BioCycle November 2006, Vol. 47, No. 11, p. 23
A totally enclosed composting facility designed to process 35,000 tons/year of MSW plus 6,700 tons/year of biosolids features state-of-the-art odor control and final product refinement systems.
A RURAL New York State county is hosting visitors from around the world to its one-year-old cocomposting plant in the farming community of Walton. The picturesque site, located within the watershed of New York City’s drinking water supply, is geographically isolated from major population centers. In fact, the nature and character of the surrounding communities were two major influences on Delaware County’s decision to compost mixed MSW and biosolids, and become more self-sufficient in solid waste management.
It takes sustained political commitment to build a $20 million composting facility for 50,000 residents in this period of lower cost landfill disposal options. Planning for the entire solid waste management center goes back at least 15 years, considering it has been ten years since Delaware County issued its RFP for the composting facility in 1996. Earlier work included a RFP for hauling waste out-of-county, and waste-to-energy plants. A landfill study was contentious, with very limited locations because the county is in the New York City watershed. In addition, many seasonal homes in the county are owned by New York City residents, who generally value their views of the Catskill Mountain range more than a new landfill and its associated environmental impacts. Watershed regulations are simultaneously increasing the level of treatment required at publicly owned wastewater treatment facilities (POTWs), increasing quantities of biosolids generated in Delaware County. Other project drivers included New York State’s recycling goal of 60 percent, as embodied in the county’s state-approved Solid Waste Management Plan.
The Delaware County Department of Public Works (DPW) is fiscally blessed with annual funding of its $2.5 million/year solid waste management program by one percent of the county’s sales tax. “The county’s solid waste management program started in the early 1970s and over those years, one tradition has been to pay for capital and equipment costs from current dollars,” explains Susan McIntyre, Solid Waste Director. “We are in solid waste services ‘forever’ and our 45-acre property has limited landfill capacity which plays very heavily into the county’s choice of solid waste management practices. Our goal is to provide a full level of service at a reasonable rate.”
The county estimates its entire solid waste program costs are in the “mid $50/ton range,” says McIntyre, not including curbside collection costs by private haulers since none of the municipalities provide municipal waste collection. The county does not charge a tip fee for MSW or recyclables (and it only accepts waste generated within the county). There is a tip fee for C&D and contaminated soils. “As for dewatered biosolids, most are accepted at no charge,” she explains. “We do have a tip fee on a percentage of biosolids coming from those POTWs that New York City required to be significantly upgraded. Still, the vast majority of biosolids, and all those from POTWs outside the New York City watershed, have no tip fee. We recognize that this facility would not be cost-effective as a stand alone merchant plant, but we believe it is competitive when viewed against future costs of managing all of the wastes we currently handle.”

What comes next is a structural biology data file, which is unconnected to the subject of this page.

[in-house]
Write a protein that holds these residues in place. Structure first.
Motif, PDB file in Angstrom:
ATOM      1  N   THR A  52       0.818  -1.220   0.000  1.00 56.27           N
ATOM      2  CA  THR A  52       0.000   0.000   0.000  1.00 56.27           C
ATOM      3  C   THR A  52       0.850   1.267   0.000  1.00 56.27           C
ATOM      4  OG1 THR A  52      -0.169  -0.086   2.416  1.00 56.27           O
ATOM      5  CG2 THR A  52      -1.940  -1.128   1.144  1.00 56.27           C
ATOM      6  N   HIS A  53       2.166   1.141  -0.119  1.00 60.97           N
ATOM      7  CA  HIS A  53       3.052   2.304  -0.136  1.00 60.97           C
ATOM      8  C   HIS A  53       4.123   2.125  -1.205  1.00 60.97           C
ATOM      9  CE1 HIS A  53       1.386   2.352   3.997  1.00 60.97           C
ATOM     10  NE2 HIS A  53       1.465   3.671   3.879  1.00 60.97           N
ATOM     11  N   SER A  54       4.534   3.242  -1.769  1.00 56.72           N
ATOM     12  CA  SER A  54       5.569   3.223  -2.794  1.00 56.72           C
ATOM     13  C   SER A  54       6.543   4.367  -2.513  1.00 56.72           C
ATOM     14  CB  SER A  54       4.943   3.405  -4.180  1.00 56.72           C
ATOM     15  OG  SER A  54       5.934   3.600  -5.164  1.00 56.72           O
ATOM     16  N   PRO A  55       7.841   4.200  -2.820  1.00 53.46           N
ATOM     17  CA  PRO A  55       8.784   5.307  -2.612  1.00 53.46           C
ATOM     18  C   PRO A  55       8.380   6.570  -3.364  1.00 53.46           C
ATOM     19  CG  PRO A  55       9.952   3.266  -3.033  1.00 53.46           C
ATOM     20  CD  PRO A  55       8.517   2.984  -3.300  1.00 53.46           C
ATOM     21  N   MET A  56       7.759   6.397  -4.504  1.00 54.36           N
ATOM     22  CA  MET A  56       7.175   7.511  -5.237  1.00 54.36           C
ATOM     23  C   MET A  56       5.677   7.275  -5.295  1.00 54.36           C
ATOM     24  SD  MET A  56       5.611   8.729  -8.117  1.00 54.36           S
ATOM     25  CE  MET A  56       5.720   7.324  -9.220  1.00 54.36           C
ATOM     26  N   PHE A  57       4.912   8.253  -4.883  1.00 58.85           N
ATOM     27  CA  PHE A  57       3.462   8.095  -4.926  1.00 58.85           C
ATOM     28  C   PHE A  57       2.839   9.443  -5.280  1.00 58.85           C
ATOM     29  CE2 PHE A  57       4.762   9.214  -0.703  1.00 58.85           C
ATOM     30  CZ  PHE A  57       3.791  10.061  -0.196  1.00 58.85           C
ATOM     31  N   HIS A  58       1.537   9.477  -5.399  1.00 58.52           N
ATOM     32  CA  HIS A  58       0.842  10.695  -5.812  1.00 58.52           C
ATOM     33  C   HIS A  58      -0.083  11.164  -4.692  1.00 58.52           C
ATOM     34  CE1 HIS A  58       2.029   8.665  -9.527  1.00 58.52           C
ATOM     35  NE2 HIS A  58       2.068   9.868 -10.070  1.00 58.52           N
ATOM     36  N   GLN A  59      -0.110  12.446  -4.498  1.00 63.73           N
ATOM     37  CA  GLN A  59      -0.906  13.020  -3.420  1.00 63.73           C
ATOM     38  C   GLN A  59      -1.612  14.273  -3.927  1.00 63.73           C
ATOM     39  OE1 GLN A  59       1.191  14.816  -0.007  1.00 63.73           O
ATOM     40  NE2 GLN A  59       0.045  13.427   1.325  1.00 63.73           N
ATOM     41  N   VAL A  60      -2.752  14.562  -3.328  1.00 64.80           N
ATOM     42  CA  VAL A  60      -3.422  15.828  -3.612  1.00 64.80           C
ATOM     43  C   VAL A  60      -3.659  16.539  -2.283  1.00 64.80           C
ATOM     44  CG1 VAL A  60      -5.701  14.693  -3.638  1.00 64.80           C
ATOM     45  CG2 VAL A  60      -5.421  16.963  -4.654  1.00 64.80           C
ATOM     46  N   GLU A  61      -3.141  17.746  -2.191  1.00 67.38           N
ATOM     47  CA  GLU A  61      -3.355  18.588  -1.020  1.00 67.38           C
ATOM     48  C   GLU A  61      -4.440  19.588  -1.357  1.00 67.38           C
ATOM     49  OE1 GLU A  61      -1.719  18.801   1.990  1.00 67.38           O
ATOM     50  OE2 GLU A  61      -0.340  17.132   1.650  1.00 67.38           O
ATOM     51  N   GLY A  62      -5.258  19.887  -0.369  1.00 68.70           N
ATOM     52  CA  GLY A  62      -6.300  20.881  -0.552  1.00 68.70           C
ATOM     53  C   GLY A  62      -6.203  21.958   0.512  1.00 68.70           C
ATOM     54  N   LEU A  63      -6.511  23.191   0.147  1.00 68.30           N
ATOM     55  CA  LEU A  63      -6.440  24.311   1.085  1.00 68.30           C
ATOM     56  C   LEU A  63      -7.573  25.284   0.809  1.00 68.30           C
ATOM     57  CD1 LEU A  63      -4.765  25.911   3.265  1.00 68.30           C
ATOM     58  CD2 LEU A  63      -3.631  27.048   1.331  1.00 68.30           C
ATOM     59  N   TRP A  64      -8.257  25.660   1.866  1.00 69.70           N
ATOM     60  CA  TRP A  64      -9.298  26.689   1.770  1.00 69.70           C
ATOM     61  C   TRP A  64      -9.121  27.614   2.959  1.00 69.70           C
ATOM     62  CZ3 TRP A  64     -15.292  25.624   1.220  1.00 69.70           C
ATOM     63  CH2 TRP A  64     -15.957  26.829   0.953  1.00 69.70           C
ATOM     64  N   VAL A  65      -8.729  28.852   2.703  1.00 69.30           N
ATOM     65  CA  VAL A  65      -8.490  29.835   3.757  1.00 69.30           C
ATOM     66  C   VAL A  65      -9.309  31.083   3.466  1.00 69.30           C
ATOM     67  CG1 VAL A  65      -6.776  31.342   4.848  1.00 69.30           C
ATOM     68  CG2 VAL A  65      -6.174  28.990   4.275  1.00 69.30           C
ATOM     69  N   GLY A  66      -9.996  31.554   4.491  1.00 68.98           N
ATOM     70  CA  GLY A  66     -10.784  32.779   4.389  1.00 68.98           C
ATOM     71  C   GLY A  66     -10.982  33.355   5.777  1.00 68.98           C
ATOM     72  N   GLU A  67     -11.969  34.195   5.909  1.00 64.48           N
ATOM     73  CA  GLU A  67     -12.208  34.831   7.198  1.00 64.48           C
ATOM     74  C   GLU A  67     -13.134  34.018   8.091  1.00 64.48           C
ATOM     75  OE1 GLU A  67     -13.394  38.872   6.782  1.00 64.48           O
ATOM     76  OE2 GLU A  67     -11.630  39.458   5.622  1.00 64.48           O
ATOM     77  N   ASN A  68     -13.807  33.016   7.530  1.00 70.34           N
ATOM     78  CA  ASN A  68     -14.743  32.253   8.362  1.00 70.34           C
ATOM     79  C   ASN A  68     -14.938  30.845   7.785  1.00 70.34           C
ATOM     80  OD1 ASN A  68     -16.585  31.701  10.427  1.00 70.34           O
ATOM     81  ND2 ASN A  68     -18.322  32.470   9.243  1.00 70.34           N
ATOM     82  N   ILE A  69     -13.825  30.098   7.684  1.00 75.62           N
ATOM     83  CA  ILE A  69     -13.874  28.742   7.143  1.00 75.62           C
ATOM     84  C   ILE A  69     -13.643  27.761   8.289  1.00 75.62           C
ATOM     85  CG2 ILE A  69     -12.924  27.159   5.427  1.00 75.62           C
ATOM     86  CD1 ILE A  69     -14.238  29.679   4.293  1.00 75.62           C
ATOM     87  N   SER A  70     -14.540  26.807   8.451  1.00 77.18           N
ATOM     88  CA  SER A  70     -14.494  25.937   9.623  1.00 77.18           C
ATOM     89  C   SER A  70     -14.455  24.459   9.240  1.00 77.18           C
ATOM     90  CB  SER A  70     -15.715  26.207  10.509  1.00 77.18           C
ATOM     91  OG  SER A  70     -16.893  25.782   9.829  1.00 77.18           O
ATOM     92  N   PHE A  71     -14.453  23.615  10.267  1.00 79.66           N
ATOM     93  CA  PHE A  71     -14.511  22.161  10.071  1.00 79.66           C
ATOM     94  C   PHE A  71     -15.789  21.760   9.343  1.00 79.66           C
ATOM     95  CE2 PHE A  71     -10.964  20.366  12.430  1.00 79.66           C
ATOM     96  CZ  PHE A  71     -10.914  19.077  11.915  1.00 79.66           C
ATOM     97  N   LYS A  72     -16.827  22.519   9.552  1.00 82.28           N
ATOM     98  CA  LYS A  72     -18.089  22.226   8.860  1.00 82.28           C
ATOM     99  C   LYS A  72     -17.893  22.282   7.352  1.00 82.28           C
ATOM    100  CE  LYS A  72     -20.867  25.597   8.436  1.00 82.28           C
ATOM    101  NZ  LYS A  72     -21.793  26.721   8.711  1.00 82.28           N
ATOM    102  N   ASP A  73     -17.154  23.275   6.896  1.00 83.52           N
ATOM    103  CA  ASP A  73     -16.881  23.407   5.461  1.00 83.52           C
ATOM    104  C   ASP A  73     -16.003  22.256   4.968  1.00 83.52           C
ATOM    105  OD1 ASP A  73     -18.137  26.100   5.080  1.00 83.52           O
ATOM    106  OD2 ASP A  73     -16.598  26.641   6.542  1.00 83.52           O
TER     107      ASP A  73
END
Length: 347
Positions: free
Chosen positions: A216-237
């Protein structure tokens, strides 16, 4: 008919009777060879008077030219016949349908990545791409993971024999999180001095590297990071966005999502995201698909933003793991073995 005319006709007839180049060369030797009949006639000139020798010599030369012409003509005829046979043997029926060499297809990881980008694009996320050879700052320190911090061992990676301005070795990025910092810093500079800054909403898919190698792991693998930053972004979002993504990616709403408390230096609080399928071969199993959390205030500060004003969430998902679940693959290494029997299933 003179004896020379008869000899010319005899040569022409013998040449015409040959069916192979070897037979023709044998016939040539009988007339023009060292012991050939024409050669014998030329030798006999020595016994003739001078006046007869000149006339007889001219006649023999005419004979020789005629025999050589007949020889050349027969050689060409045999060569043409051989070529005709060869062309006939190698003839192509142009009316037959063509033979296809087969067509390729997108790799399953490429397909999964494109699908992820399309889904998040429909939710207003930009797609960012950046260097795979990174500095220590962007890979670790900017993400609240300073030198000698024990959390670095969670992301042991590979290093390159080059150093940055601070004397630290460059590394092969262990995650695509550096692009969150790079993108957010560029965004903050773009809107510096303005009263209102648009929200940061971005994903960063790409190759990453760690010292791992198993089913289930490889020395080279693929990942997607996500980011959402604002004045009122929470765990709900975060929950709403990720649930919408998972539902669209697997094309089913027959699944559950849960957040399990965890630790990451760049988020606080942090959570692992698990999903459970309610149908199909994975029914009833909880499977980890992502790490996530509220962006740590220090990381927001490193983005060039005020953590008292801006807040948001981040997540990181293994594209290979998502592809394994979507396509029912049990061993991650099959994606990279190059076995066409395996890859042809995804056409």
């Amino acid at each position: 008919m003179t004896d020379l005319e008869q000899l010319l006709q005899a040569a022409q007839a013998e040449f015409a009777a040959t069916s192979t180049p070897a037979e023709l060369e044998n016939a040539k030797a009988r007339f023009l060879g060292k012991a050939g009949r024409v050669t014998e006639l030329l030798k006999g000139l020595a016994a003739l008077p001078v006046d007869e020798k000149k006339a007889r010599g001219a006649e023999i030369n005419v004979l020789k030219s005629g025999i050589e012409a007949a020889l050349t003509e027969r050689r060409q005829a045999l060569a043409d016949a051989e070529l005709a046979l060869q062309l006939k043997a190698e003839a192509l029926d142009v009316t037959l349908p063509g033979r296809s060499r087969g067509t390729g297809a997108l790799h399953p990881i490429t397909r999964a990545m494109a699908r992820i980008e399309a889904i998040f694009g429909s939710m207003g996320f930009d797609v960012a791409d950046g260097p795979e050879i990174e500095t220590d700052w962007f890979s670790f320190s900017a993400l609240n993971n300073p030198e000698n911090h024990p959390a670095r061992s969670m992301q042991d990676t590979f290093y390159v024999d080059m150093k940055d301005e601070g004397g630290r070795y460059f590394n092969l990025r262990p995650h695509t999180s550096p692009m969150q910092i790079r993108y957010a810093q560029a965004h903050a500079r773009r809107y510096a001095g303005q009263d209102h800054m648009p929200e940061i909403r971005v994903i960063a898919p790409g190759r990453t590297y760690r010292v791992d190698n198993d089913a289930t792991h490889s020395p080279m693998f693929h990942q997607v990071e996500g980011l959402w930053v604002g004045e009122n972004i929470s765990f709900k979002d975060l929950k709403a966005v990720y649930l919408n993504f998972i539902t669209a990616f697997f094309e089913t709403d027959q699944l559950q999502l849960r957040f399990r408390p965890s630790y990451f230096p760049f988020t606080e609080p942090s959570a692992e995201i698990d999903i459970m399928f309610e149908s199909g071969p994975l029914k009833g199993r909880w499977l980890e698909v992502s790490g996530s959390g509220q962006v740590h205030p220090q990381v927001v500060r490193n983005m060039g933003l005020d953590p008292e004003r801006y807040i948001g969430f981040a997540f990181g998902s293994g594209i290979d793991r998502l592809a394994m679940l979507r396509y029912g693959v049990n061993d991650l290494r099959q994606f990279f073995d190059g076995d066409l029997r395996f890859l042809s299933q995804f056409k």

Selection of the composting facility developer, Conporec/S&W Services, Inc., in 1998 triggered the start of a public/private partnership that has culminated in one of North America’s newest mixed waste composting facilities. (The newest facility is in Mariposa County, California – see accompanying article in this report.) The county contributed the land, along with millions of dollars of construction work. Under the direction of John Cammer, Deputy Commissioner of the DPW, the bridge construction crew did all of the compost facility concrete construction, the nonprocess electrical wiring, and installed all processing equipment except the bioreactor. In addition, the highway department did the site work, which includes the roads, septic and storm water systems, and preparation of the 3-acre building pad.
Financing of the approximately $20 million in total costs came from several sources. Delaware County received a $2 million recycling grant from the New York State Department of Environmental Conservation. The remaining $18 million was paid for with a $11.5 million bond from the NYS Environmental Facilities Corporation, and $7.5 million from county solid waste funds.
FEEDSTOCK RECEIVING AND HANDLING
As shown in the process flow diagram (Figure 1), one 3-acre structure contains the tip floor, the Conporec bioreactor (rotary drum), primary screening trommel, secondary sorting line, the maturation area with the Siemens/IPS Composting System, final screening system, aerated final product storage area, recycling and residue roll-off containers, and a compost load-out truck bay.